Monday, January 6, 2014

Love in Choices

Here's my confession for the day: Before I met my husband I hated marriage.
I'm serious. I should have been in protesting it in the 1960's, I probably would have burned a bra or something.

I hated marriage because I hadn't seen enough of them work. One of the few good examples I had was my brother and my sister-in-law, who I should have been spending much more time with. The other marriages that I witnessed were either failing or dead. They all contained completely different variables too. Some had married in their early twenties, some had gotten married in their 30's and 40's. Others had been married for 6 months and were already ripping each other's throats out. Still some had been married for decades and seemed to just be holding on for nostalgias sake. I didn't like marriage, I didn't want family. It all seemed up to the fickle hand of fate. No one taught me about marriage, and I was hurt by someone else's marriage, why would I want one of my own when another couple's marriage could cause me so much pain?

At that time I wasn't healthy enough to deal with that pain, I liked having the it there for the familiarity. It was safe. It was what I knew at that point. Trying to face the hurt seemed like more work than it was worth, at least at that time. But then I went to college, I got away from home. I made new friends, and I met my husband. Neither one of us had any idea at the time. C'est la vie.

On the opposite side my husband has always loved marriage and family and *insert fart noise here*

Long story short we grew very close, he broke down my barriers. He took me to get frozen custard when I was upset (ANDY'S TILL I DIE), he never expected more than my fragile heart could give, and he loved unconditionally. He really did. He reminded me how important love and healing is.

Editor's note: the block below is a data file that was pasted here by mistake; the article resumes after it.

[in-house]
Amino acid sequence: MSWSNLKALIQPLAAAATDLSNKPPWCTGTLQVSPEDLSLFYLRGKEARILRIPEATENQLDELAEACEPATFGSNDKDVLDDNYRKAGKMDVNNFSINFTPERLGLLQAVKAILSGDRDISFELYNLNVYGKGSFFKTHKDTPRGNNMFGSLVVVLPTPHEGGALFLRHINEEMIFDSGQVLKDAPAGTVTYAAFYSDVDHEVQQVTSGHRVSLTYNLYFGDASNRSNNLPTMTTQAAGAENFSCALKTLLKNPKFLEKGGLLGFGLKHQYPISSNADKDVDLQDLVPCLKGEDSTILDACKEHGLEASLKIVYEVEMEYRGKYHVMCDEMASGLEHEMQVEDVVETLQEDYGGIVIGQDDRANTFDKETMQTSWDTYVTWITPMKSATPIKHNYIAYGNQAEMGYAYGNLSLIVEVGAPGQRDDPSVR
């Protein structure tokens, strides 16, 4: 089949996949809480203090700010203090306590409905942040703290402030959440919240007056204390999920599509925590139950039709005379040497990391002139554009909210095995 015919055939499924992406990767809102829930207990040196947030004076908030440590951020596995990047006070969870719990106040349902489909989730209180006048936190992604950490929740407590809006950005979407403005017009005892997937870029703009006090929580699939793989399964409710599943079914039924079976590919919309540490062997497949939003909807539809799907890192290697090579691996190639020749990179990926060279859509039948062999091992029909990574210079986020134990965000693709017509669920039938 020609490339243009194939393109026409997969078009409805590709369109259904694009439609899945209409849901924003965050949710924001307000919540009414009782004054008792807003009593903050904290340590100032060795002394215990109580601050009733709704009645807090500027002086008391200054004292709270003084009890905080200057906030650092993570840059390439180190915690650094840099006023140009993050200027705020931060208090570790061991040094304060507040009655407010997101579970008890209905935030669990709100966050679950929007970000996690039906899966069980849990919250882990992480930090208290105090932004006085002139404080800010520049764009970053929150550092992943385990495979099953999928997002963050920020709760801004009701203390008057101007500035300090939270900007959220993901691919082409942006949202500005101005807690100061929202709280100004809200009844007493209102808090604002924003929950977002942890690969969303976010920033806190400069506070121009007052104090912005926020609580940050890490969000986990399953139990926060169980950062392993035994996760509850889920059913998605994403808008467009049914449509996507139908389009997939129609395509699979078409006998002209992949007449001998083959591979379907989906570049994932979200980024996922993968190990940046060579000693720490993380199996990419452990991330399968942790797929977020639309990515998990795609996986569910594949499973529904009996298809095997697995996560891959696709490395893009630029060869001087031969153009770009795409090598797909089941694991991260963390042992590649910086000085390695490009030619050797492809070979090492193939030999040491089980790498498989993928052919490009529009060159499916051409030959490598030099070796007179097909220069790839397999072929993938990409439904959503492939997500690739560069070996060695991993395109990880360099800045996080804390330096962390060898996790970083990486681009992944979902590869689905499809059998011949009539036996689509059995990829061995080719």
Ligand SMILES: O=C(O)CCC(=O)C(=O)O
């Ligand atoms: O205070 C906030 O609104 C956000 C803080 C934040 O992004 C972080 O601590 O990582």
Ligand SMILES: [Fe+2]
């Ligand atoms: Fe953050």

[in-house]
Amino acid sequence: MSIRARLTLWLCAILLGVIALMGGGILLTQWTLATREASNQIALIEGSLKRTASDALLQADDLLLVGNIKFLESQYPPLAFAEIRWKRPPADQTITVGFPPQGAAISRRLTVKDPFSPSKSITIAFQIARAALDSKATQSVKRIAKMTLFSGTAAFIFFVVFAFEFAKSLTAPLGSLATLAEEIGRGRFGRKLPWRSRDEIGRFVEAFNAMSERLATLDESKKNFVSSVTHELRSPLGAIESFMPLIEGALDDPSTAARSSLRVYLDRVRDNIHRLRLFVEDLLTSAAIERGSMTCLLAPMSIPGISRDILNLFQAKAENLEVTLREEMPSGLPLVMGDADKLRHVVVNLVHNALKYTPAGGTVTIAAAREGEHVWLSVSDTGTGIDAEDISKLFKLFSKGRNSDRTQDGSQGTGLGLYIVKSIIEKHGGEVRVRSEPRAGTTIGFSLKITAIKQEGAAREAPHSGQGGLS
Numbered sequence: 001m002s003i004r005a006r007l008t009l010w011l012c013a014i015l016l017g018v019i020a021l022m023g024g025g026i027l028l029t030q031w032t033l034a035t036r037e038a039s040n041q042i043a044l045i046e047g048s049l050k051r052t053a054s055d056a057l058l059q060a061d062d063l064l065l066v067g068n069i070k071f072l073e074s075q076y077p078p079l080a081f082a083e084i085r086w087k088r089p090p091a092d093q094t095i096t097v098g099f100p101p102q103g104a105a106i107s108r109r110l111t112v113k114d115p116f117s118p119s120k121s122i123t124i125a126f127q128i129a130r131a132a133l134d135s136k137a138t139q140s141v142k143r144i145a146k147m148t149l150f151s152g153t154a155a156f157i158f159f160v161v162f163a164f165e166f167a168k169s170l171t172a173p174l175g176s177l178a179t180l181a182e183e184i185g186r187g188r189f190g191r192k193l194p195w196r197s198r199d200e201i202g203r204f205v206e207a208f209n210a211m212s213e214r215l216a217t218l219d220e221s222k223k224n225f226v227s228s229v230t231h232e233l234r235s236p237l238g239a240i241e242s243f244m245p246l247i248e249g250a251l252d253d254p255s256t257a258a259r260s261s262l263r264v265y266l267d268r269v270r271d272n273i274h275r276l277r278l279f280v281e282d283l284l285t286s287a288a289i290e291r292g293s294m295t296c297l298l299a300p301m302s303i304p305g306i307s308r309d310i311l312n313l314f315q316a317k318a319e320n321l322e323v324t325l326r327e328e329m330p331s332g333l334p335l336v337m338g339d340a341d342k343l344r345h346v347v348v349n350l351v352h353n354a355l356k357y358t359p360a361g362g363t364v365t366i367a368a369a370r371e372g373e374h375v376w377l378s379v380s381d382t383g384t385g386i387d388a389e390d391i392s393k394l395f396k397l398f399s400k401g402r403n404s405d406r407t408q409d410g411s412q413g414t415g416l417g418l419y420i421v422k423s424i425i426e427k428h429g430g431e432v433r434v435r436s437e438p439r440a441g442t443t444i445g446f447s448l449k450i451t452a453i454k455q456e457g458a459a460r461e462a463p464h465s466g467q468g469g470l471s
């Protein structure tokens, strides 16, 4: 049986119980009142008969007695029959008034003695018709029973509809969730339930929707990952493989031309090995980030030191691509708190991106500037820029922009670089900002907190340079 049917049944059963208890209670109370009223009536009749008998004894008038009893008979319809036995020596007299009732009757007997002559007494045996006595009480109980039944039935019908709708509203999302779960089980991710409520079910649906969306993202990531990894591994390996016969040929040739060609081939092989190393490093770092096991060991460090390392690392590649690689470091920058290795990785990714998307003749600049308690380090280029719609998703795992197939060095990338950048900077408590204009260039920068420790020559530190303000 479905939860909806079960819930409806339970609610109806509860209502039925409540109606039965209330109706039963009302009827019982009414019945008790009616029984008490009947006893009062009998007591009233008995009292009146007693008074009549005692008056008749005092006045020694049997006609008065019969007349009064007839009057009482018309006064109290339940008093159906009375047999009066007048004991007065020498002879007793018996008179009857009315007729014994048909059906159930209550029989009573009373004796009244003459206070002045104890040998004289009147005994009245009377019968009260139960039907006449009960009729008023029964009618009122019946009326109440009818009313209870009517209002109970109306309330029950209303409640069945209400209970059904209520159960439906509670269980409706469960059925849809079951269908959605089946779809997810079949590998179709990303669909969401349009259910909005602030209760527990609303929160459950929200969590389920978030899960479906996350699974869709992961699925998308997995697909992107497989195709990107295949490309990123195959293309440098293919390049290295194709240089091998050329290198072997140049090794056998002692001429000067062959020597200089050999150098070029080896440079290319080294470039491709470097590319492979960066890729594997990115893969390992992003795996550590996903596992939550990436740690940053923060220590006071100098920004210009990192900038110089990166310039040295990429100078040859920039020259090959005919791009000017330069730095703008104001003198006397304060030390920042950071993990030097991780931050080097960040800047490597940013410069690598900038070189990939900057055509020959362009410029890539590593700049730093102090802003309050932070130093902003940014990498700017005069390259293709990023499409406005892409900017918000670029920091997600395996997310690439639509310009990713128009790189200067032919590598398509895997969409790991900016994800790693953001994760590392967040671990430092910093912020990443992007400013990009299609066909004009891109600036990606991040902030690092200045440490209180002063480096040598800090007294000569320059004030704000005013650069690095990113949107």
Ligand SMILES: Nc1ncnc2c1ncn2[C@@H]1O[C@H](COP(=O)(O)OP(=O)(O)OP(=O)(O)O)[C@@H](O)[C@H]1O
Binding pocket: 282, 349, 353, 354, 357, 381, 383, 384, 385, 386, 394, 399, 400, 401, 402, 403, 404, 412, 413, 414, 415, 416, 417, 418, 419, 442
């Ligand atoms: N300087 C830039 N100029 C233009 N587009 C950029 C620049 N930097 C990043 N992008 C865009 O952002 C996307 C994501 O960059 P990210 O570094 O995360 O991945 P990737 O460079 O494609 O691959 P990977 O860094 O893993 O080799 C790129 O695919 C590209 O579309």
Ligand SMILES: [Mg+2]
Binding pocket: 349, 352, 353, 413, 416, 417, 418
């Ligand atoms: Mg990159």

More importantly I learned that love is a choice. He was my choice because I knew that he was worth more than anyone else. My relationship with him would have to change if I ever married someone else, and that wasn't an option. He's just that good. We didn't "fall in love" like it was some accident. We chose to love each other and we continue to choose it every day. There are days when all the emotion in the world backs that choice up, and there are days when... well there are days when it's just not that way. And that's where most of us seem to get caught off guard. It's not a fairytale, trust me it's not. It's not a magical feeling. Emotions are side-effects. They are neither good nor bad, they are neutral.

Neutral doesn't rule my choices, I rule my choices.

That's why I married my husband, because I know that he doesn't give up. He makes definite choices. He made a choice to choose to love me and to always choose it. Now when I see someone getting divorced and they say, "We just fell out of love" I want to call them out on it. Because love is never an accident and neither is the lack of it. Your love is always your choice. That's why you should never choose lightly and think deeply about it before you get married, because it is life-long. I got married because my choice was made, as was my husband's.

Marriage at a young age isn't the essential cause of the high divorce rate of America, it's only a symptom. The cause is a systemic problem with the way our culture views love, as a fairytale that happens by chance.

P.S. This is obviously a response to all of the recent media criticism of young marriages, not saying it's always a good idea, I just think they're missing a piece. *tada

P.P.S. I'll give you a Snikers bar if you tell me how many variations of the word "choice" I used in this blog.

P.P.P.S. Heather you are extremely repetitive. Get a grip.


Lidia Vigil said...

Great insight. I've often wondered how things are going for you in light of our Seasons conversation by the fire pit. ;-) Glad to hear you are doing well.

Heather Lamar said...

Thanks Linda! We are doing very well in our marriage, certainly learning every day!